March 20, 2008 at 02:08 AM · "And Marc's idea here is excellent. "

--------------------------------------------------

The real question being....

What does Terez mean by "idea" here?

A) The Hefeweiße

B) The Hefeweiße

C) The general idea of going into a violin lesson in a really great mood...although with it being Lent it should properly be a Paulaner Salvator NOT a Hefeweiße.....you know eternal salvation and all that...

D) Choices A, B, and C

or

E) Delving into the students past

I'll wager A& B & C, and probably D for now.... (<;

March 20, 2008 at 02:58 AM · "Patience of a Saint" I like that!!!

I to have days (though not years) that end up quite embarassing. For instance, being instructed to go up the fingerboard, but go down instead, being instructed to do something with my right hand and try it with my "other right hand" instead.

We all learn at different paces. Your student obviously loves the violin otherwise he would not have stuck with this for 5 years. It can be a challenge to discover what makes things "click" for different people.

March 20, 2008 at 04:43 AM · I love Alan's comment! I have found that teaching is not about what I can give the student, but rather, what I receive in the process.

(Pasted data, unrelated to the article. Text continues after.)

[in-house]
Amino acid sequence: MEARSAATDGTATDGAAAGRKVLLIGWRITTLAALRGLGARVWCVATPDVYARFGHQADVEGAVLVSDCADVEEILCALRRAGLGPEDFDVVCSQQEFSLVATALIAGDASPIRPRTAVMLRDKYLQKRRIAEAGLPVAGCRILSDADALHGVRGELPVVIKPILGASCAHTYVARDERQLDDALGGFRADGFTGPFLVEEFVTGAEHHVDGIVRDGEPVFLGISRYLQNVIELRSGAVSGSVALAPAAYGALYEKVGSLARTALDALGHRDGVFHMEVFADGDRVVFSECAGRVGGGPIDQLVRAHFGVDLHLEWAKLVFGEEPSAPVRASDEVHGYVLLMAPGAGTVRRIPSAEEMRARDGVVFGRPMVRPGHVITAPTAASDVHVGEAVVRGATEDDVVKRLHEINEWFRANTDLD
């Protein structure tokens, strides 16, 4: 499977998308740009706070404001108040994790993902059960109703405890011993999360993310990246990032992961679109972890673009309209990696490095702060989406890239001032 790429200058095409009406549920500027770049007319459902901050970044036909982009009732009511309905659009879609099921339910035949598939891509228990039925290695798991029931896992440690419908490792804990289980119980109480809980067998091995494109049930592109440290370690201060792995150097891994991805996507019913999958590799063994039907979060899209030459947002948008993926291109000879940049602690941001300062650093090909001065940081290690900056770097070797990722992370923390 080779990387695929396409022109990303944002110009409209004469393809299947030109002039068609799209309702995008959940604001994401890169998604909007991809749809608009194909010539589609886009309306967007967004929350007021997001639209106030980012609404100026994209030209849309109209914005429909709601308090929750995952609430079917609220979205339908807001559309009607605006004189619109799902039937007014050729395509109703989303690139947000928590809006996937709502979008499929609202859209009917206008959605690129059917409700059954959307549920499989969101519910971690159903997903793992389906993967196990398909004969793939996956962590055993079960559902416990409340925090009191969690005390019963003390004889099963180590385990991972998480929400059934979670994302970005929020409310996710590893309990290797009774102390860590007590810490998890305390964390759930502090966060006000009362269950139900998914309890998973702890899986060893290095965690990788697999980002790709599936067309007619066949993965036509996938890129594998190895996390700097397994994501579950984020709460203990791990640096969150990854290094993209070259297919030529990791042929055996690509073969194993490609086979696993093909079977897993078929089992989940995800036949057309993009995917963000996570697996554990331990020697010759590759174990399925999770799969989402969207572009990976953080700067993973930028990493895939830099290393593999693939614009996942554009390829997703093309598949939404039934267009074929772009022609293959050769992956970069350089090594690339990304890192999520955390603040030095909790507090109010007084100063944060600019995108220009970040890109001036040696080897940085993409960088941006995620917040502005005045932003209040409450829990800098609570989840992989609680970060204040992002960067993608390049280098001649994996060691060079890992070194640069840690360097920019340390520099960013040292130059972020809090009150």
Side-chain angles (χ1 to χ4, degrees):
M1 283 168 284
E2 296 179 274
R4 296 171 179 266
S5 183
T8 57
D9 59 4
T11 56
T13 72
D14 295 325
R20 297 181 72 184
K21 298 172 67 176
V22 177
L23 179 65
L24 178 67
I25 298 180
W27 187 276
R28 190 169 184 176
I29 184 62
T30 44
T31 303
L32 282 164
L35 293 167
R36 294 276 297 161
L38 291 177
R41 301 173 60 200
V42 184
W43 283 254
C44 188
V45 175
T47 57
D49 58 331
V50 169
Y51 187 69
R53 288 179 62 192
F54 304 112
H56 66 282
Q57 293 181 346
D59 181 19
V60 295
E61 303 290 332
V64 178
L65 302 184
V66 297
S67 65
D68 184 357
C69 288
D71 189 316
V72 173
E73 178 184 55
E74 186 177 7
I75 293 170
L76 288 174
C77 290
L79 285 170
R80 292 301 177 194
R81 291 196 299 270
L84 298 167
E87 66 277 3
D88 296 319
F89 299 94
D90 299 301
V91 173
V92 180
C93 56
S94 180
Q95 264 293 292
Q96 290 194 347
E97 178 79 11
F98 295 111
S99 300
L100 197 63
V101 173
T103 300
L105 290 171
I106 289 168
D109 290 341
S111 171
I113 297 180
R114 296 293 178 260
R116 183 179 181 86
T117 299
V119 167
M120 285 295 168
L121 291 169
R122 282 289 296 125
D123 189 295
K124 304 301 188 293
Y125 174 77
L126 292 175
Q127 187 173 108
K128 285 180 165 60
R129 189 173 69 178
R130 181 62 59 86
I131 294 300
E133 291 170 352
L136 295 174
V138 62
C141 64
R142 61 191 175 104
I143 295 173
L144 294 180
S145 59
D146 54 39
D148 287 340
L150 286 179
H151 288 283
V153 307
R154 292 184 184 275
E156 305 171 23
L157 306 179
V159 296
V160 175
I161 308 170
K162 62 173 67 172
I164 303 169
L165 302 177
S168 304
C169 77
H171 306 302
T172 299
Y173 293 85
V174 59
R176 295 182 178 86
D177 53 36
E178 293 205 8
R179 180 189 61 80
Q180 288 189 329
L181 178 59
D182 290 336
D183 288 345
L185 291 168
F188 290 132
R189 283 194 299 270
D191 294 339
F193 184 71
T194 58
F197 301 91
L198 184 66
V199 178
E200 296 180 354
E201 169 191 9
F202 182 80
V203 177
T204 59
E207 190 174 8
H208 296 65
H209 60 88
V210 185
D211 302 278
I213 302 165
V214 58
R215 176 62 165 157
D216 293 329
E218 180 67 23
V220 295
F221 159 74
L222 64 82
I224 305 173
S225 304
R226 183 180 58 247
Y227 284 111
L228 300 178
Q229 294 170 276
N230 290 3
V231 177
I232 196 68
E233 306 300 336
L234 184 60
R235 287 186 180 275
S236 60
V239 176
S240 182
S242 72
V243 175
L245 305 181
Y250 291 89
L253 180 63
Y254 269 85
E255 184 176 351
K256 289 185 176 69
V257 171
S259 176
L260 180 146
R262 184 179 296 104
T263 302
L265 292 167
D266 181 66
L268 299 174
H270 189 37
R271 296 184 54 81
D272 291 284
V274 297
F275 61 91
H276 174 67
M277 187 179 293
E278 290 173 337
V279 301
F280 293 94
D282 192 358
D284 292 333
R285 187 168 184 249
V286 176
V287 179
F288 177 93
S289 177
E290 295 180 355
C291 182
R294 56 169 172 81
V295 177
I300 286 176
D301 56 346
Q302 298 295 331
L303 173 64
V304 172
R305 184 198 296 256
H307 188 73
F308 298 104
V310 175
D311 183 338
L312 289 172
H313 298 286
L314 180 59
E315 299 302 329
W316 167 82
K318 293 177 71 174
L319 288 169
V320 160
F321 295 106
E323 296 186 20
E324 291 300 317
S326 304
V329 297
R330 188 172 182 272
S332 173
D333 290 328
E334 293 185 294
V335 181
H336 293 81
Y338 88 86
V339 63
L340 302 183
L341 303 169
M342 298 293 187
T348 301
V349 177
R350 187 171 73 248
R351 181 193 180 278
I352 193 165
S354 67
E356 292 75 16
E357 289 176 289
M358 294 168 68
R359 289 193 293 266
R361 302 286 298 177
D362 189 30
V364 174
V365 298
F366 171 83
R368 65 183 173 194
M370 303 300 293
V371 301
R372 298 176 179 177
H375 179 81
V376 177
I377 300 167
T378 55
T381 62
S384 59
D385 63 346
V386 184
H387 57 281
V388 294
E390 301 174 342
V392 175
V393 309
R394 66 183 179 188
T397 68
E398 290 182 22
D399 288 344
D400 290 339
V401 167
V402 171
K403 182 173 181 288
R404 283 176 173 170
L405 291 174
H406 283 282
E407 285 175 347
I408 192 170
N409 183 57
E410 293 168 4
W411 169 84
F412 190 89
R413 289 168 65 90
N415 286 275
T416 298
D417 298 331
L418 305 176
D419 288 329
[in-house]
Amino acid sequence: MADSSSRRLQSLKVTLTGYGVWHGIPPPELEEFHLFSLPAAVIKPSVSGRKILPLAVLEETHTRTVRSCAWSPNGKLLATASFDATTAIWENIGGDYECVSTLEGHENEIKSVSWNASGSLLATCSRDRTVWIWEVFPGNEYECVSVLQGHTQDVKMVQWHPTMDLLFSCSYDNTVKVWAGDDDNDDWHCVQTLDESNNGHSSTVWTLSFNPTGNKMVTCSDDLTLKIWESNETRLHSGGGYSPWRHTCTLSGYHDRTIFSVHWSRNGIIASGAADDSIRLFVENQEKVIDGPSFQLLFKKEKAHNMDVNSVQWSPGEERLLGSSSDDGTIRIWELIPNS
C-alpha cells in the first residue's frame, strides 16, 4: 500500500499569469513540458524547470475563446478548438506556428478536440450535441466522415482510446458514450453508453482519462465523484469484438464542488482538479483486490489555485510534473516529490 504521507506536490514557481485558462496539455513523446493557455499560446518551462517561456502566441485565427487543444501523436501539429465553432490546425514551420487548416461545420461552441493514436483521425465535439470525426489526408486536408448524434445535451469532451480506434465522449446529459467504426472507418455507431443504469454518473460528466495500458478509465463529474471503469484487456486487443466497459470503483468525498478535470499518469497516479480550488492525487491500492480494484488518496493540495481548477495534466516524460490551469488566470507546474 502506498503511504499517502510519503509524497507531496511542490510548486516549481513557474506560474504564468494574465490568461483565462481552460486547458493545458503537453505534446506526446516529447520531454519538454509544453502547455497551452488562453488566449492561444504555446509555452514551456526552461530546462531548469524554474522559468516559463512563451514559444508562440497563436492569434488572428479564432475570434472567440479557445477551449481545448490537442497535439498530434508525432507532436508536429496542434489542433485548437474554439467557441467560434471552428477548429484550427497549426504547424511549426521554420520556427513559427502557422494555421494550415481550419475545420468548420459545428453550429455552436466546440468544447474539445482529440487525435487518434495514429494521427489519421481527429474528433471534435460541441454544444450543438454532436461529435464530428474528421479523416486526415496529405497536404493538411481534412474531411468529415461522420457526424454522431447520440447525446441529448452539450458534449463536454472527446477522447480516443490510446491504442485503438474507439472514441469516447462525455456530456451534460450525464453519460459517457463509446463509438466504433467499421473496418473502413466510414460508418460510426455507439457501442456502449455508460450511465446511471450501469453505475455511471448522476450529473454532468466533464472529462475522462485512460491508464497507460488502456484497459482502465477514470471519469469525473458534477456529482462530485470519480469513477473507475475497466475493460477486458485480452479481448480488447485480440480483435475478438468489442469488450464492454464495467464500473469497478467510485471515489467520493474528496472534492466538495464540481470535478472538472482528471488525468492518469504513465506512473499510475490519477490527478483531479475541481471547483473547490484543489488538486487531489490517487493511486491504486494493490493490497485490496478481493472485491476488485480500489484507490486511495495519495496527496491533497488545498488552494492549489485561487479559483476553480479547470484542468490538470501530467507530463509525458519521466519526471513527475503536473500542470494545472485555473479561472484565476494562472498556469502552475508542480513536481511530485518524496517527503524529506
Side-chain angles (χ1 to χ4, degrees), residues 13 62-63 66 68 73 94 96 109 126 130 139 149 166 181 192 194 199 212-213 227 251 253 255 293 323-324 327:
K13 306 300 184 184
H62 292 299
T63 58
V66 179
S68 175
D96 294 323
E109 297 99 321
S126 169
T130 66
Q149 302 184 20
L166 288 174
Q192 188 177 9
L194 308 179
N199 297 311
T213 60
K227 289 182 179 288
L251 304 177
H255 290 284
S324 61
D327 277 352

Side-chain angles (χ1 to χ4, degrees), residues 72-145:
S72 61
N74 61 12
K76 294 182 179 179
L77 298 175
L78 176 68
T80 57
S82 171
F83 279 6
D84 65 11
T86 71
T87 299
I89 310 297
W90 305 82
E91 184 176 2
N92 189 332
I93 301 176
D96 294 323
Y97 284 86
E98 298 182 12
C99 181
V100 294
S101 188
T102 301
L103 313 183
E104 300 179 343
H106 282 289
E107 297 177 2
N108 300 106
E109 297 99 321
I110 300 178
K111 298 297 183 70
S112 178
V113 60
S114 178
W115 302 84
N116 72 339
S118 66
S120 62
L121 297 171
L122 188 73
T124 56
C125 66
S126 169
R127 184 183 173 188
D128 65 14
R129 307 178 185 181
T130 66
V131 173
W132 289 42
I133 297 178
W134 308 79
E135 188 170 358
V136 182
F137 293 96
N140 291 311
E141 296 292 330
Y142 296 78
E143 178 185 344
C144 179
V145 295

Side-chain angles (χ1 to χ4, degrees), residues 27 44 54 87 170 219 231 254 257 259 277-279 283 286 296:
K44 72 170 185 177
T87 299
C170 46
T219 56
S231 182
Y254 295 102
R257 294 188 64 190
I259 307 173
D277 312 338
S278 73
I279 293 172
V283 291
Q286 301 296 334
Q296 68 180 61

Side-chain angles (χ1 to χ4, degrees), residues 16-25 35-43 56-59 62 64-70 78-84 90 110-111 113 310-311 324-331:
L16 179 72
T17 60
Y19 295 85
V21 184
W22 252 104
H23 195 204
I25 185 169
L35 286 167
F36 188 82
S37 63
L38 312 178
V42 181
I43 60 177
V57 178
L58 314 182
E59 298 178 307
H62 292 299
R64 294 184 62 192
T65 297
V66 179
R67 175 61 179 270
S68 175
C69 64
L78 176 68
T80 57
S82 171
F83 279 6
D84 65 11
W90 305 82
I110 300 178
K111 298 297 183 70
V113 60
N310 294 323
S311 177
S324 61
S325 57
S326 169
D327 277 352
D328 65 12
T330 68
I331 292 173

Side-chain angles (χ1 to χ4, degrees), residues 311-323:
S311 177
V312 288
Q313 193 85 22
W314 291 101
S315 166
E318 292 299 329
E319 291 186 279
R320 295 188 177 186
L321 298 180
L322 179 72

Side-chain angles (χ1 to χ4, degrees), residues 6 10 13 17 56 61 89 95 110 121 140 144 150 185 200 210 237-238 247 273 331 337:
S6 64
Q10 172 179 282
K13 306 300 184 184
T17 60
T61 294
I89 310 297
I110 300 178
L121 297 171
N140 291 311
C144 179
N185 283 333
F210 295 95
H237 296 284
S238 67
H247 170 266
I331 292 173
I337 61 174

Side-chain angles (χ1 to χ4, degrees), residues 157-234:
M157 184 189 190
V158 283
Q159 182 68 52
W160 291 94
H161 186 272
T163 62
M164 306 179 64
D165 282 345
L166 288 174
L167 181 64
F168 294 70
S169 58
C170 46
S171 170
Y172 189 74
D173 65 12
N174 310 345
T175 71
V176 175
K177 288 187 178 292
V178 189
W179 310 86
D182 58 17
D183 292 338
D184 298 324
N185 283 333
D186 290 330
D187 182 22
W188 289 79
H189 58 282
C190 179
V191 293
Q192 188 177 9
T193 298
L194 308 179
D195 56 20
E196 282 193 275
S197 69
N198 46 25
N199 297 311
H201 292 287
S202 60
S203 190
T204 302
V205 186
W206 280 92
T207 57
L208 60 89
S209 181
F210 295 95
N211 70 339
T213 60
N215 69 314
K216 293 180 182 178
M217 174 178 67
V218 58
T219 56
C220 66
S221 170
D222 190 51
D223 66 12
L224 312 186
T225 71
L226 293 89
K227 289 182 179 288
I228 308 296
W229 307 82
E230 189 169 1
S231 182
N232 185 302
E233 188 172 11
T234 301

At the end of one of my youngest son's lessons (he was eight or nine at the time), the teacher said to me, "I don't think he even hears what I am saying! I just don't think I am the right teacher for him." My son turned his head to the side to hide the fact that he was blinking tears out of his eyes. I was really upset with the teacher and was silent almost all the way home. Finally, my son said, "I don't think he really meant to be mean. He is not a mean person." I am not sure how relevant this little story is to your situation, except that you should know that your pupil probably really adores you and will not hold it against you if you struggle a bit to meet his needs. Just act out of love and it will work out.